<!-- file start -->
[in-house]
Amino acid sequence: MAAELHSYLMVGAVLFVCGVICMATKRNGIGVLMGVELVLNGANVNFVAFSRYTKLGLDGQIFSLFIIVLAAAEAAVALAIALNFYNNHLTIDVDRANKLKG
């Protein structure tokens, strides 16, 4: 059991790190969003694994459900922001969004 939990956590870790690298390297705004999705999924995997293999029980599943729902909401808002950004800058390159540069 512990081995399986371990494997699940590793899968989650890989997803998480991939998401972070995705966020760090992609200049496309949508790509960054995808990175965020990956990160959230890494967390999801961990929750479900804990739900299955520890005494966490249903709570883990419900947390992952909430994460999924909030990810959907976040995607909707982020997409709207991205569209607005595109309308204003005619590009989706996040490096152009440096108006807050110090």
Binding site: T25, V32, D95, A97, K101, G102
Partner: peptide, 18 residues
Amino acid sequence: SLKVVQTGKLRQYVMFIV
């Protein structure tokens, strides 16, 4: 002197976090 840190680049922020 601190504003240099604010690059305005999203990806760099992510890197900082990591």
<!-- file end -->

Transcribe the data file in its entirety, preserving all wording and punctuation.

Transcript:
[in-house]
Amino acid sequence: MAAELHSYLMVGAVLFVCGVICMATKRNGIGVLMGVELVLNGANVNFVAFSRYTKLGLDGQIFSLFIIVLAAAEAAVALAIALNFYNNHLTIDVDRANKLKG
């Protein structure tokens, strides 16, 4: 059991790190969003694994459900922001969004 939990956590870790690298390297705004999705999924995997293999029980599943729902909401808002950004800058390159540069 512990081995399986371990494997699940590793899968989650890989997803998480991939998401972070995705966020760090992609200049496309949508790509960054995808990175965020990956990160959230890494967390999801961990929750479900804990739900299955520890005494966490249903709570883990419900947390992952909430994460999924909030990810959907976040995607909707982020997409709207991205569209607005595109309308204003005619590009989706996040490096152009440096108006807050110090």
Binding site: T25, V32, D95, A97, K101, G102
Partner: peptide, 18 residues
Amino acid sequence: SLKVVQTGKLRQYVMFIV
């Protein structure tokens, strides 16, 4: 002197976090 840190680049922020 601190504003240099604010690059305005999203990806760099992510890197900082990591």